Syntax Highighting - Testplan 2018-08-17

By Max Woerner Chase

In this post:

So, I started writing up test plans, had a few good ideas, and then I hit a snag. See, section 2.3 of the Python language reference is Identifiers and keywords, and in my opinion, the highlighter I have to work with handles them shamefully.

No, no, try to be positive.


I'm positive that—

Okay, calm down, try to present this rationally.

The sense I get from the page on Scope Naming is that some of the ideas for what to highlight, like the name of something that falls under excessively narrow criteria to be considered a function call, came from working with languages where different kinds of thing have their own namespace, and which kind/namespace applies depends on how the thing is used. But with languages like Python and Lua, there's nothing like that, there's just values with names, and you can do stuff to the values, such as use them as function calls. Or add two values together, surround them with parentheses, and call that.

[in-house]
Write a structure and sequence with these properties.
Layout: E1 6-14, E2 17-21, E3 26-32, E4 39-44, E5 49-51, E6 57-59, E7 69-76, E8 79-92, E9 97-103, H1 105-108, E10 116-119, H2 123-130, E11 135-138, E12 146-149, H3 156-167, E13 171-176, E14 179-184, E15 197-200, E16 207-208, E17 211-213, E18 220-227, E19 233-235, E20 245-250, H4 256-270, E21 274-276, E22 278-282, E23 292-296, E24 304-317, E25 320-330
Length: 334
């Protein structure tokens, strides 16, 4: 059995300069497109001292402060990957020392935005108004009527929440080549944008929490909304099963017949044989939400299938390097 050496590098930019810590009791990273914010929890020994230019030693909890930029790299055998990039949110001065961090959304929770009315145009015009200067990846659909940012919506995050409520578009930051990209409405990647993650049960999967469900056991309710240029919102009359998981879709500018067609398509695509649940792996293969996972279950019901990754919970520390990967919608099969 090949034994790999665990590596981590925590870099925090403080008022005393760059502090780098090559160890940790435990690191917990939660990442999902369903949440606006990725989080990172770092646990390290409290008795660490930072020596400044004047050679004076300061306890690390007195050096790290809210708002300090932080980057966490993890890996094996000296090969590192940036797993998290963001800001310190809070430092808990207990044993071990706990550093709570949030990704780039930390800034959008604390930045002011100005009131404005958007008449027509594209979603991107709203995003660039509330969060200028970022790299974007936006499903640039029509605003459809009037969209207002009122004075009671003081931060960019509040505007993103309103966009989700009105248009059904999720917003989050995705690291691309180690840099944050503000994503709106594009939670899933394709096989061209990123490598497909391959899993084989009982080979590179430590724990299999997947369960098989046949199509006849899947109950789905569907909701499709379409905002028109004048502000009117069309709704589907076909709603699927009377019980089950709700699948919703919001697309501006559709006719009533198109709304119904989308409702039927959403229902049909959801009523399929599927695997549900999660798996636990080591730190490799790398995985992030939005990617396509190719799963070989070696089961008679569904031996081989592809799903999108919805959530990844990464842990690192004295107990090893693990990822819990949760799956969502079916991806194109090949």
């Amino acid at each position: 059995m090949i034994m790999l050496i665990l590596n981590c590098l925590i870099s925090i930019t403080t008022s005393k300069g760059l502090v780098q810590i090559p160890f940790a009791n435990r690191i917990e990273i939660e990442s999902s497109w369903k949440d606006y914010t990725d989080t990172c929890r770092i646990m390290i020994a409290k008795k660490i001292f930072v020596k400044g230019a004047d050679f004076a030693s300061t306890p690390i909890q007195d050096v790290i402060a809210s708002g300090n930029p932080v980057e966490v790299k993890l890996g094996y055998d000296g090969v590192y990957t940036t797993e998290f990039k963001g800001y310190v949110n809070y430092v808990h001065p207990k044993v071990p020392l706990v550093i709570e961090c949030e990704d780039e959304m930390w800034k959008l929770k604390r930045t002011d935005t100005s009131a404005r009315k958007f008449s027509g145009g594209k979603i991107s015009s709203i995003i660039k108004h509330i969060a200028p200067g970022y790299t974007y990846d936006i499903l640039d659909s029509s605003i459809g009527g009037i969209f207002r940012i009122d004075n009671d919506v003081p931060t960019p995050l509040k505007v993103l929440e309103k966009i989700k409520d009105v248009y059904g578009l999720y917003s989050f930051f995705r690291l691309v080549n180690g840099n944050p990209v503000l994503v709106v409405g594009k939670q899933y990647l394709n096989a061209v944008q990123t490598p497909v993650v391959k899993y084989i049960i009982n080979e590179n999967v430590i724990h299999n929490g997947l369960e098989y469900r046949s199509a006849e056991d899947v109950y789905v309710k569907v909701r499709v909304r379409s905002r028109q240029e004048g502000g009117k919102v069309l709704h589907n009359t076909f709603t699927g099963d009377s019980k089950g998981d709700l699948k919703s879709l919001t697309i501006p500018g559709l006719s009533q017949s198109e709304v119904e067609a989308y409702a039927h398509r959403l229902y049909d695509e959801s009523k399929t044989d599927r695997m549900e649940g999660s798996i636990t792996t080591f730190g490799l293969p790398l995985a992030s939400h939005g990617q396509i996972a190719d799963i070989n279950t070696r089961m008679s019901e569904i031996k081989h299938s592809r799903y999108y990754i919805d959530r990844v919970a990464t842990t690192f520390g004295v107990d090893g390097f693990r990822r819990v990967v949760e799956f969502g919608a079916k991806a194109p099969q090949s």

I got a little carried away trying to reconcile the mental model encoded in the scope naming recommendations with the documented behavior of Python. The end result is that about three-quarters of the section on Reserved classes of identifiers is about how I think the syntax should work. The other quarter is also about how I think the syntax should work.

Before my little rant there, I got three good section writeups, three that were just variations on "This section is about whitespace, I probably don't want to call it out", and the section on Whitespace between tokens, which doesn't merit tests of its own, but does suggest other tests down the line.

My plan for turning these test plans into tests is to write the tests I'm confident the syntax has a chance with, which are Comments, Encoding declarations, and Explicit line joining. After that, instead of working with keywords and identifiers, I'll start writing up and testing literals, because, again, I'm more confident that I mostly agree with the syntax on those.

On the name front, I've been tossing out all sorts of names. Like "Python Forward". I don't know, I need something that properly conveys the core philosophy here, which, on reflection, is probably something like "Well, I like it".

Next time, I start writing tests.